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Finding happiness in unlikely places

May 11, 2021

This week I’ve made a concerted effort to be happy.

Boris Johnson has just announced that it’s OK for us English to hug each other. Even though Johnson himself is the last person in the world I’d like to hug, except possibly the Orange Monster, I’m delighted that the Ministry of Silly Hugs, locked away in Westminster, has made this determination. What other physical acts will we soon be allowed to perform? The mind boggles. My only quibble is that we’re only allowed to hug our loved ones. I should have thought that unloved ones are more deserving.

Anyway, what other reasons are there to be happy? I sometimes think of finding happiness as a form of alchemy – creating emotional gold out of the base metal of experience. Hence the Breughel painting (The Alchemist) above. Let’s find some examples.

On Saturday, it pelted down with rain. I wimped out of a round of golf, but it was such a pleasure to see the rain bathing my roses and kissing the grass. I wonder if Noah felt the same way about his pomegranates before God spoke to him.

We’ve just had an election, and the Charlatan Party carried almost all before it (I’m not talking about the Scottish Nationalists or Welsh Labour). But I don’t care, because we’re not about to go to war with France. That makes me very happy.

The social media thinks I’m an alien-obsessed Manchester United fan with an interest in buying gold coins and electric radiators. Let them think that. I shall continue to do random searches to throw them off the scent. It shows how dumb their algorithms are. Such fun to be had with pieces of inanimate code.

It’s someone’s birthday today, Facebook informs me, but on principle I’m not bothering to congratulate them because I’m not an electronic sheep. I’m happy about that.

LinkedIn wants me to apply for all kind of grand-sounding chief executive jobs, because it doesn’t know I’m seventy and I’m quite happy not working for anyone, thank you very much.

My local online website has just informed me that Japanese knotweed undermines houses and makes them harder to sell. I’m delighted, because no little knotweed seeds have been drifting past our house lately.

Over the weekend, we went to dinner with two other couples in someone’s garden. We’re all fully vaccinated, and the whole thing almost felt normal. We talked, among other things, about holidays in Tristan da Cunha and St Helena. I was fine with that, because I’m good at delayed gratification.

The other day, our little grandson spent the day with us while his mum was at work. He was as good as gold. I felt smug because he’s driving her mad at the moment. Don’t worry, I was able to say with the wisdom of an experienced parent, familiarity breeds contempt and it’s only a phase. Smugness counts as happiness, even if it’s a slightly twisted version.

Skimming through my MSN news feed, I learn from a Daily Mail “expert” that “farting could help lower your blood pressure”. I’m delighted to hear that, until I realise that misread the word “fasting”. But I’m sure the former statement is also true. So I’m pleased, because I now know why, against the odds, my blood pressure is consistently normal. I also have a little giggle when I imagine Trump in one of his medical press conferences telling the world that flatulence wards off COVID. The consequences would have been unimaginable.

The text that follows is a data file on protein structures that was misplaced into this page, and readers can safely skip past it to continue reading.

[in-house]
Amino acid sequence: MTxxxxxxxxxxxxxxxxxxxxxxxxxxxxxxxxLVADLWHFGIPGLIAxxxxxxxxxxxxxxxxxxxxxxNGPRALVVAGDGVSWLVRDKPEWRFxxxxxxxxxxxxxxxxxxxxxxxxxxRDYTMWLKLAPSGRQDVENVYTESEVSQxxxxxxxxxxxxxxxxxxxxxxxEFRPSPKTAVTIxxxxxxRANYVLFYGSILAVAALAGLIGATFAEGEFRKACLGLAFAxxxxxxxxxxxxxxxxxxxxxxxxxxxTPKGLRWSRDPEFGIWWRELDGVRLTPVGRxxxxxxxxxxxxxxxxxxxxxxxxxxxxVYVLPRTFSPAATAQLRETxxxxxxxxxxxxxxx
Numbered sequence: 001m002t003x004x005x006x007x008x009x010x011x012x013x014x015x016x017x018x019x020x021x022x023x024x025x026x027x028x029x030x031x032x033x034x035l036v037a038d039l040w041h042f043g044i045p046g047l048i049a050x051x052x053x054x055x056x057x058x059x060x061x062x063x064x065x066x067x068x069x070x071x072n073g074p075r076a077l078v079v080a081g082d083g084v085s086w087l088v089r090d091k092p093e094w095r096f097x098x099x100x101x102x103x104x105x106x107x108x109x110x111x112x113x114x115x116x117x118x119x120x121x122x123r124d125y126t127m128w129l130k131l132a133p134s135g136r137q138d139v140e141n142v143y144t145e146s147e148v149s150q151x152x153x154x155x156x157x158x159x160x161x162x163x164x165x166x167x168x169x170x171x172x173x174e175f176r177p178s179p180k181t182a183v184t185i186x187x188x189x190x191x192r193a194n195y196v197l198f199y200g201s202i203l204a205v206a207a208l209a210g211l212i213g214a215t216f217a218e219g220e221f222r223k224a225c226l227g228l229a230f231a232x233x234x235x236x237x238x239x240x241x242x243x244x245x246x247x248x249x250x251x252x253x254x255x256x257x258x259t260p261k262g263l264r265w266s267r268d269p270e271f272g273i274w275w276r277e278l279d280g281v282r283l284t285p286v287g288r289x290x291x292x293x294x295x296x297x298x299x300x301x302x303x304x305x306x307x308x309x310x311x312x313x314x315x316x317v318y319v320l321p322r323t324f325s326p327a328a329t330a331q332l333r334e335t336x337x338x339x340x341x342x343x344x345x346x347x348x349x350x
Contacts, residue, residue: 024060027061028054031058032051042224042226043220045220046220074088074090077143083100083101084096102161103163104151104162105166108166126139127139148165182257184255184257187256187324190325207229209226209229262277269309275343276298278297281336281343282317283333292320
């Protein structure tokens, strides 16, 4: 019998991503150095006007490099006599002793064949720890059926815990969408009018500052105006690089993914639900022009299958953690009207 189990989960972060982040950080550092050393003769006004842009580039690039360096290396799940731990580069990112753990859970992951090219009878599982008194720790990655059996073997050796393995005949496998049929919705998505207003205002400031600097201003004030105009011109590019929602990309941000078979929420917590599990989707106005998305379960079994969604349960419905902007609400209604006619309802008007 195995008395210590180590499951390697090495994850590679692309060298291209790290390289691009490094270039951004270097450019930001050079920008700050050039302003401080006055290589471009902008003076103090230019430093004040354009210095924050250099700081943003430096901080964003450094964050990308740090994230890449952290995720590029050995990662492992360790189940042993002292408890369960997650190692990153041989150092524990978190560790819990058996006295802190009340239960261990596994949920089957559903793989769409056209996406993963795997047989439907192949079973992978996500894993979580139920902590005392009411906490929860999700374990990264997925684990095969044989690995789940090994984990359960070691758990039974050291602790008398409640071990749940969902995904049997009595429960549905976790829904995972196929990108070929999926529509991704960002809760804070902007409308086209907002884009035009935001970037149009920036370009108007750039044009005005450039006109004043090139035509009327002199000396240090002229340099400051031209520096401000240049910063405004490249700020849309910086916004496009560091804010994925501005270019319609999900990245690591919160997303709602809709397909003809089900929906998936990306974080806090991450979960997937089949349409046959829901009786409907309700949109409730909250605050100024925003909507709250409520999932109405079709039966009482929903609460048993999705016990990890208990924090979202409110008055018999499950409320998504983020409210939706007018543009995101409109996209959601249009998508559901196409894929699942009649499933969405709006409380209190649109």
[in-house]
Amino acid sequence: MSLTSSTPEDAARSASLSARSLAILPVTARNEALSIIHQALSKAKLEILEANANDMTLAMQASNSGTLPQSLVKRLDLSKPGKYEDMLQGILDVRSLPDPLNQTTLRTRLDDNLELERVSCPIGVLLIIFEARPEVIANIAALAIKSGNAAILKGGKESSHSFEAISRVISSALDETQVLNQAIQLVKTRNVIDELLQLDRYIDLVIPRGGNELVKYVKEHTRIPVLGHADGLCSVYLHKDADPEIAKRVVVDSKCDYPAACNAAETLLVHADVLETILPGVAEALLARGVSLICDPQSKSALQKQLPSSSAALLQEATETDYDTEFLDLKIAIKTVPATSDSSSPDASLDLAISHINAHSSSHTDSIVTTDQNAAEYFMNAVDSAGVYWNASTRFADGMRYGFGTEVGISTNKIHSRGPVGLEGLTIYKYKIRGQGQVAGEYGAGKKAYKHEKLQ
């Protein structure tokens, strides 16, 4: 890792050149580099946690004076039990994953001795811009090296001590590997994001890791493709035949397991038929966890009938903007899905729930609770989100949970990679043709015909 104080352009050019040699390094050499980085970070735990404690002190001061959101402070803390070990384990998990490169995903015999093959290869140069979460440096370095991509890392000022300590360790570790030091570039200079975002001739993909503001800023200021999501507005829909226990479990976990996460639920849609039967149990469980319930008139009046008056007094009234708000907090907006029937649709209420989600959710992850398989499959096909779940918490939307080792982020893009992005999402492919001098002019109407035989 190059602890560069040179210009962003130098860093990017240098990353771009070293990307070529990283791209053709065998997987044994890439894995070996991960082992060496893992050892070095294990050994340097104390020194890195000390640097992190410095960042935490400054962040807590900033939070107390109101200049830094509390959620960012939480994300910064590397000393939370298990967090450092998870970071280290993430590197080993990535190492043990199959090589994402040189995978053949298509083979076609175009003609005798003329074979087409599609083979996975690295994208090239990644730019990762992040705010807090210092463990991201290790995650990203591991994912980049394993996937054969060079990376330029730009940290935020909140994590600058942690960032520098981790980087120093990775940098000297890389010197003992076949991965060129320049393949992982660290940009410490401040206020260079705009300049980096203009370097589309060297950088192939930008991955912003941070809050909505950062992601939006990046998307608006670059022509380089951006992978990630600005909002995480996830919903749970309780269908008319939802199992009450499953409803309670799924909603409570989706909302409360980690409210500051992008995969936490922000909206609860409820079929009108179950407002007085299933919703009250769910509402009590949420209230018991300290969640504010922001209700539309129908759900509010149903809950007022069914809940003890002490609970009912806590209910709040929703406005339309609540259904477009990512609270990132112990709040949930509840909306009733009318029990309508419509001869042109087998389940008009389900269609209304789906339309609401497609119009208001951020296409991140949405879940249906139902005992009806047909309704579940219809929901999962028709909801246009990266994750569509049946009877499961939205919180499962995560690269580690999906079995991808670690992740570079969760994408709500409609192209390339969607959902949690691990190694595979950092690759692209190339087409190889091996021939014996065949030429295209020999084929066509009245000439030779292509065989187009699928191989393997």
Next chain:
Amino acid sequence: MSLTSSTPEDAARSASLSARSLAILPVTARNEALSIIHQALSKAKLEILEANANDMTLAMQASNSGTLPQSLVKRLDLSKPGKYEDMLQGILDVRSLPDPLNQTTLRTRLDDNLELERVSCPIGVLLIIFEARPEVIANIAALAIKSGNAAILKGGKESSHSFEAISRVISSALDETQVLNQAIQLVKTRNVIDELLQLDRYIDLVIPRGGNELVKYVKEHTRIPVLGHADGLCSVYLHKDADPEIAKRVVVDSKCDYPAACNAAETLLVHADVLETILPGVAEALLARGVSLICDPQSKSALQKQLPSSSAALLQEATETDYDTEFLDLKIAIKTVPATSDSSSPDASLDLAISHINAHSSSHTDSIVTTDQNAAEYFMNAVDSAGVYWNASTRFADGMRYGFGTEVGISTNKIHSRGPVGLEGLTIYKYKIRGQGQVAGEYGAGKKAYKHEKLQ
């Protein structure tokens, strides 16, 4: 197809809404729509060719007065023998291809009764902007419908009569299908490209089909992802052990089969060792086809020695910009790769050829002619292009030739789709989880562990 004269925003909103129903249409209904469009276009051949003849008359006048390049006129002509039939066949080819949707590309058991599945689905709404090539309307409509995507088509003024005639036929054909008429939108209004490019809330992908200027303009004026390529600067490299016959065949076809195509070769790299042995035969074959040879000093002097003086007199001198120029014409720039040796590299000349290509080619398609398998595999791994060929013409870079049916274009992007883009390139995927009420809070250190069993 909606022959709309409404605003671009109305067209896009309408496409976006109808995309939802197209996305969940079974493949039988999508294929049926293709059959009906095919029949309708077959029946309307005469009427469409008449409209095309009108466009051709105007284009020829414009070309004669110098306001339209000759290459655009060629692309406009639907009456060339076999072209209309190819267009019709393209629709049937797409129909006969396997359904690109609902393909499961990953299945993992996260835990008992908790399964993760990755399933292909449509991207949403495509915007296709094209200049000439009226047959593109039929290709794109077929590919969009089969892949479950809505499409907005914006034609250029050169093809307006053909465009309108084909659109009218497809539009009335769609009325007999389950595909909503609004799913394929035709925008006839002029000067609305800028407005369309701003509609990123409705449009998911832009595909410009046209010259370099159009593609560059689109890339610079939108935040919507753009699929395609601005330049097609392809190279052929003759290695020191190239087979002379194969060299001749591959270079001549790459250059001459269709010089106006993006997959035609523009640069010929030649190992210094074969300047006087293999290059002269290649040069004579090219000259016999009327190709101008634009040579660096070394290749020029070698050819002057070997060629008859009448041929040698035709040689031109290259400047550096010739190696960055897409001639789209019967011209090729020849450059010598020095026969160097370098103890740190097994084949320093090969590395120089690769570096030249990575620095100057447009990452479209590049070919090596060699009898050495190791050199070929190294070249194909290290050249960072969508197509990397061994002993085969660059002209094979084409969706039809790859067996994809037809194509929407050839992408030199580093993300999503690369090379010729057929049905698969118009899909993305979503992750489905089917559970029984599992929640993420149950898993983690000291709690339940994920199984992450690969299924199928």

Last week, someone stole my identity on Facebook and created a rival me, seemingly to spam my friends. I’m delighted, because the new me was born in 1953. This means that in a couple of years I’ll be able to celebrate my 70th birthday again. Oh joy.

Soon there will be cricket on the telly again. England are playing New Zealand. Not only that, but I’m going to a real live match. I shall have the opportunity to take a train for the first time since lockdown. Such pleasure to be had from small things. Also the prospect of falling asleep among hundreds of others is almost as exciting as being able to indulge in a group hug.

Speaking of telly, we watched Tenet the other night. My block was comprehensively busted. I don’t think I’ve ever sat through two hours of crash-bang-wallop, much of it in reverse, and not had a clue about what was going on throughout, except that the ending was neatly set up for an equally incomprehensible sequel. Why was I happy about that? Because we were spared the effort and expense of going through the same fatuous experience at a cinema seven miles away.

I’m currently reading a book called Putin’s People, which of course is about Vladimir Putin and the irredeemable shits with whom he has surrounded himself during his distinguished political career. His life is a reminder that you can have wealth and power, but if you find yourself unable to walk away without being eaten by wolves, you are condemned to an eternity of paranoia and sadness. Sic semper tyrannis. Which makes me profoundly grateful that fate granted me a life of obscurity.

This little stream of disconnected thoughts is the result of a concerted effort to be happy at a time when good cheer seems to be in short supply. If you’re feeling a bit miserable, please remember that if I, the gloomiest bastard on the planet, can do it, so can you.

But fear not, no doubt tomorrow I shall find many reasons to be melancholy again. Because, as Gordon Gekko didn’t say, gloom is good.

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